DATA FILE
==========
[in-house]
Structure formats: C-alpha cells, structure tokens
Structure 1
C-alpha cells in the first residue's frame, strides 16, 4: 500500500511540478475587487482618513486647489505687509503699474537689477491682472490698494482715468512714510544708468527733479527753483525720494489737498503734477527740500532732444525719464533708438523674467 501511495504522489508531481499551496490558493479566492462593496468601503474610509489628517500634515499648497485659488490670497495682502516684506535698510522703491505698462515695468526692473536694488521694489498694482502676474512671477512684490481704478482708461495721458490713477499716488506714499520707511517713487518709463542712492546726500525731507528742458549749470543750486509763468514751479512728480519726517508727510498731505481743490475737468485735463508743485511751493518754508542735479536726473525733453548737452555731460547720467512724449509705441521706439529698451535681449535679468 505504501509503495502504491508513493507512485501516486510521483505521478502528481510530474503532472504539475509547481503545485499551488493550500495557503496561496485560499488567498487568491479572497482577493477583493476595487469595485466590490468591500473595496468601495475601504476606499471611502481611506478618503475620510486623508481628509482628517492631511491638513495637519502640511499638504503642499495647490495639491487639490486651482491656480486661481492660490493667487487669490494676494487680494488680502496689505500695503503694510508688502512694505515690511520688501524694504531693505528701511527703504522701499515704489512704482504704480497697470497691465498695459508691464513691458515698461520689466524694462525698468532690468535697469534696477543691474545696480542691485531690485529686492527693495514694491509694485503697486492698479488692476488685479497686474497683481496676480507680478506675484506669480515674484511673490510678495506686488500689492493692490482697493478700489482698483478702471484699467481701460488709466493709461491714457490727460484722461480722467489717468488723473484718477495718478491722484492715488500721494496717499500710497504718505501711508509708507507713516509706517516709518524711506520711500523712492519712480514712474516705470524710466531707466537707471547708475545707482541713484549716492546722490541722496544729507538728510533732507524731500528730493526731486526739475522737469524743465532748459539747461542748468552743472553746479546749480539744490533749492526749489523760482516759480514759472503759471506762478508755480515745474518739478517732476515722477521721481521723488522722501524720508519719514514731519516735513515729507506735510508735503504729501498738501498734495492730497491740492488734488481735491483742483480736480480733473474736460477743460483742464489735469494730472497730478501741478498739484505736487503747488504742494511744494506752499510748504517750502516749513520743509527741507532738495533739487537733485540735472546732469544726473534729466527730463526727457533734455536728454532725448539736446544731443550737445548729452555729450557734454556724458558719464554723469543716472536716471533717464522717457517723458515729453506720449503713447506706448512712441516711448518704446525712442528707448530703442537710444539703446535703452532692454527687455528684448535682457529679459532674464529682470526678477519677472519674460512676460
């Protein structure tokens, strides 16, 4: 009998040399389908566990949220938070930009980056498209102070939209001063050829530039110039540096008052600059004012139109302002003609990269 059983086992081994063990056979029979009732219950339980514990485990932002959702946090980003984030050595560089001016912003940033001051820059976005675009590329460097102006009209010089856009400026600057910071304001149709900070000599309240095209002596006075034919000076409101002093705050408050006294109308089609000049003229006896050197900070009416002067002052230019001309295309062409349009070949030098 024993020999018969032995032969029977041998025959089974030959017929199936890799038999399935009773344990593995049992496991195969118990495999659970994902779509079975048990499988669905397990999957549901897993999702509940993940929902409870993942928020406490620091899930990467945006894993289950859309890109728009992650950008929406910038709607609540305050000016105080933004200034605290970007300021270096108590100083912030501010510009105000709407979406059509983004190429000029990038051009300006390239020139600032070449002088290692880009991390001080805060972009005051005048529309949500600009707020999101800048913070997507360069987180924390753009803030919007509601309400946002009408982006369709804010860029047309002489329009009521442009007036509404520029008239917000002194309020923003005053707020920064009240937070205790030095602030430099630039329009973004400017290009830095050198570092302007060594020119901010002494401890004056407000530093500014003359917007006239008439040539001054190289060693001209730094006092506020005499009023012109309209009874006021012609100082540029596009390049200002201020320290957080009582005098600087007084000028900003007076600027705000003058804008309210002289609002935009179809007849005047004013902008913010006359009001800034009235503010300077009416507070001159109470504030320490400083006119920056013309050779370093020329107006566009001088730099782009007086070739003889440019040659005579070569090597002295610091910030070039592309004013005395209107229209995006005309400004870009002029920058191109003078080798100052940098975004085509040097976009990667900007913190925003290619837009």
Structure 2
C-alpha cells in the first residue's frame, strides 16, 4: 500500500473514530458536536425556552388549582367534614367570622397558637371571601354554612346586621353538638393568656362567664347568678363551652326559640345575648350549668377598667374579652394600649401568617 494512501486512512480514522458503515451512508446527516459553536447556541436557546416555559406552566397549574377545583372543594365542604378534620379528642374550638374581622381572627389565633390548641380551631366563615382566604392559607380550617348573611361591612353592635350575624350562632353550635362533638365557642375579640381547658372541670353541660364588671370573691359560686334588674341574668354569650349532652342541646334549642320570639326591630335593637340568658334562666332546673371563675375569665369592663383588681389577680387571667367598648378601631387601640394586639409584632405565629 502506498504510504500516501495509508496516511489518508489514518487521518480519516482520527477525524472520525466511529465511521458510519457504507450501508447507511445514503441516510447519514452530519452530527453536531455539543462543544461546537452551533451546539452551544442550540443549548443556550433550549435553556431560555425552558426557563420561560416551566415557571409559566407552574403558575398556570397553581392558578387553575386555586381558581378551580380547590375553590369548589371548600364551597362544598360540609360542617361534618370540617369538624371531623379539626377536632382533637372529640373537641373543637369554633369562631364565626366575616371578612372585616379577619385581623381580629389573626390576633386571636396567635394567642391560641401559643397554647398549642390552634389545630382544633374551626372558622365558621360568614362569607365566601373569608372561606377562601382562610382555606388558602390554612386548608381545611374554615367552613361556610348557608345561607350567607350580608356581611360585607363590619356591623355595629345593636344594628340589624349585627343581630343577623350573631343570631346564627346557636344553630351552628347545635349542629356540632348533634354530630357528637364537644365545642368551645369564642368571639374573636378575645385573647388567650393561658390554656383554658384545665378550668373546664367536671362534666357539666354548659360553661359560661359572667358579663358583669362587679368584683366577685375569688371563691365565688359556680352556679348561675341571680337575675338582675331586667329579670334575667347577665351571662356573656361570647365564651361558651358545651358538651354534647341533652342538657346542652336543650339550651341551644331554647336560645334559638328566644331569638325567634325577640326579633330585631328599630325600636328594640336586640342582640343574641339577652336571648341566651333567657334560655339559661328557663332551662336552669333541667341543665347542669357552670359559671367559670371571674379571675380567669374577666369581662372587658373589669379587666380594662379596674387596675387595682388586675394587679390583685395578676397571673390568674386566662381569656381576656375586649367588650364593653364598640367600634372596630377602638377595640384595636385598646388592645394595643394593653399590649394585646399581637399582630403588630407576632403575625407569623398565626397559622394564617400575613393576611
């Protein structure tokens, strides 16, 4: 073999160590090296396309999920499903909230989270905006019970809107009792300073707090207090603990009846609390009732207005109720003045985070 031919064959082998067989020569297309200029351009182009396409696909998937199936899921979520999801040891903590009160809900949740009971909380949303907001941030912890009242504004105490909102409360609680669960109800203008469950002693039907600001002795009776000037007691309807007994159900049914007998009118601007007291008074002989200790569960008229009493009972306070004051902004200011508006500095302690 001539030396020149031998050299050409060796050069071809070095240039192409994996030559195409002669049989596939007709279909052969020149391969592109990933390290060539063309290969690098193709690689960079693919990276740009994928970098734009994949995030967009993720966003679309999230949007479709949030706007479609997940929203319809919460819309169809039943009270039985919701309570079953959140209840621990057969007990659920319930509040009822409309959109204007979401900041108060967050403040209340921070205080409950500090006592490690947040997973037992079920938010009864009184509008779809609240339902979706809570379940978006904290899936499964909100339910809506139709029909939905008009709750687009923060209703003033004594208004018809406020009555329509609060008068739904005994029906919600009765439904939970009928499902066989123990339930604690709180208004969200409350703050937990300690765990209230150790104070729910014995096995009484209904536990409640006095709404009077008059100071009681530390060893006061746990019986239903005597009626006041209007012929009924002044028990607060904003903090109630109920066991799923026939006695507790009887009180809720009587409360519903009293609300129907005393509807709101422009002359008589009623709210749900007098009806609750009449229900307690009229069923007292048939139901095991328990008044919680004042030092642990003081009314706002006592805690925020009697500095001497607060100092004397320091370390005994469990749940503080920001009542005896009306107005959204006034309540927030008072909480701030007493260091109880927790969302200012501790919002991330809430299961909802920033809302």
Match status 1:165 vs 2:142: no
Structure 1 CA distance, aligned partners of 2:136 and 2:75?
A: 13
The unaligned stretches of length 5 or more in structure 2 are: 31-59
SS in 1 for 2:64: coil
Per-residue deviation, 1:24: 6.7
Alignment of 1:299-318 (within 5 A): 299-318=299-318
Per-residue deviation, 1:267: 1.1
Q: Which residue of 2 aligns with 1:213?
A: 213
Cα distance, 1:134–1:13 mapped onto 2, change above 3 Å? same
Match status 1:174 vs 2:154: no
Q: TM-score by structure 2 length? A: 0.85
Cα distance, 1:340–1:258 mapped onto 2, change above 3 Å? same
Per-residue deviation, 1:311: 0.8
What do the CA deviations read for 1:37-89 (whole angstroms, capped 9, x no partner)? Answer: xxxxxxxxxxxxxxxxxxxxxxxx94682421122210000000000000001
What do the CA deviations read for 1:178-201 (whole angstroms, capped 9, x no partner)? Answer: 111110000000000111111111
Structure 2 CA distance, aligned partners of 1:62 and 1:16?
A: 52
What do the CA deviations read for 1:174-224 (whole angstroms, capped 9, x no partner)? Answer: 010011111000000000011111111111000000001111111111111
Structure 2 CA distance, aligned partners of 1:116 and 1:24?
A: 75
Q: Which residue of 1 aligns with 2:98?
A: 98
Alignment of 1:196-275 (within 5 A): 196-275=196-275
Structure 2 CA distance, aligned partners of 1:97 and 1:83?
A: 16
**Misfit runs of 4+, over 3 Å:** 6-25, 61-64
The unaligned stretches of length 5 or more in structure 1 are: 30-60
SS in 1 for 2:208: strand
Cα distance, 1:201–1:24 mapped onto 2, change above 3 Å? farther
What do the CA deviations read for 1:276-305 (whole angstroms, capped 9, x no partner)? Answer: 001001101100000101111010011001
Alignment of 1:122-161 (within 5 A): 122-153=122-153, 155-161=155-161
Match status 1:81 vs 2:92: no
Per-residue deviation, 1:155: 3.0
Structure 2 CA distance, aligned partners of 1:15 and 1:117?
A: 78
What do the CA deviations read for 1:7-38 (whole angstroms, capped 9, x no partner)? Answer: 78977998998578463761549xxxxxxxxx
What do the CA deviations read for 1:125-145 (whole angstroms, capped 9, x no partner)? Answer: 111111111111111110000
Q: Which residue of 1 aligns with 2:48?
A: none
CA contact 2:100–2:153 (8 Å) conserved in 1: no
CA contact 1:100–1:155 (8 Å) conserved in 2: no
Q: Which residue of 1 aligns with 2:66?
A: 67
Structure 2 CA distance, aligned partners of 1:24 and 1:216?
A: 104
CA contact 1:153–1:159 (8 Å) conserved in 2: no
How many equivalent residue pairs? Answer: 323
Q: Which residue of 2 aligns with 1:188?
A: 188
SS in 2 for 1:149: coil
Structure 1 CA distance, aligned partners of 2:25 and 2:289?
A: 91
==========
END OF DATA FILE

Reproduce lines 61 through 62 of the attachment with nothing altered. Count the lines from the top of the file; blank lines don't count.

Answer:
Structure 1 CA distance, aligned partners of 2:25 and 2:289?
A: 91